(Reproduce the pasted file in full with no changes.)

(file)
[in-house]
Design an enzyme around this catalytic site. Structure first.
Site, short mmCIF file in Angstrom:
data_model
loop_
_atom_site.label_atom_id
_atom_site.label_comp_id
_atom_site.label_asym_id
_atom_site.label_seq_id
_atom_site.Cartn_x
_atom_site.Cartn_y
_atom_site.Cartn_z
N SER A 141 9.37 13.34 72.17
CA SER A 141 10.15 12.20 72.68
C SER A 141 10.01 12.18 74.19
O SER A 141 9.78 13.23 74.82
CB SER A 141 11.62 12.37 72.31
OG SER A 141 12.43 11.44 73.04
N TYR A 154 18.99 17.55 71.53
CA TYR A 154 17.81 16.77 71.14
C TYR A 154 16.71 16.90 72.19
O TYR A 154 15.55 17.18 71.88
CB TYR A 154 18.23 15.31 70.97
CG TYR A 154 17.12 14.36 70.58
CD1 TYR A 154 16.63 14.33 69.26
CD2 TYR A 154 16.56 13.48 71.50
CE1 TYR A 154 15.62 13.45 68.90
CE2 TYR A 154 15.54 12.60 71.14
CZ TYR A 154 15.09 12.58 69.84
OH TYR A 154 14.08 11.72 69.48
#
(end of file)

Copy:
[in-house]
Design an enzyme around this catalytic site. Structure first.
Site, short mmCIF file in Angstrom:
data_model
loop_
_atom_site.label_atom_id
_atom_site.label_comp_id
_atom_site.label_asym_id
_atom_site.label_seq_id
_atom_site.Cartn_x
_atom_site.Cartn_y
_atom_site.Cartn_z
N SER A 141 9.37 13.34 72.17
CA SER A 141 10.15 12.20 72.68
C SER A 141 10.01 12.18 74.19
O SER A 141 9.78 13.23 74.82
CB SER A 141 11.62 12.37 72.31
OG SER A 141 12.43 11.44 73.04
N TYR A 154 18.99 17.55 71.53
CA TYR A 154 17.81 16.77 71.14
C TYR A 154 16.71 16.90 72.19
O TYR A 154 15.55 17.18 71.88
CB TYR A 154 18.23 15.31 70.97
CG TYR A 154 17.12 14.36 70.58
CD1 TYR A 154 16.63 14.33 69.26
CD2 TYR A 154 16.56 13.48 71.50
CE1 TYR A 154 15.62 13.45 68.90
CE2 TYR A 154 15.54 12.60 71.14
CZ TYR A 154 15.09 12.58 69.84
OH TYR A 154 14.08 11.72 69.48
#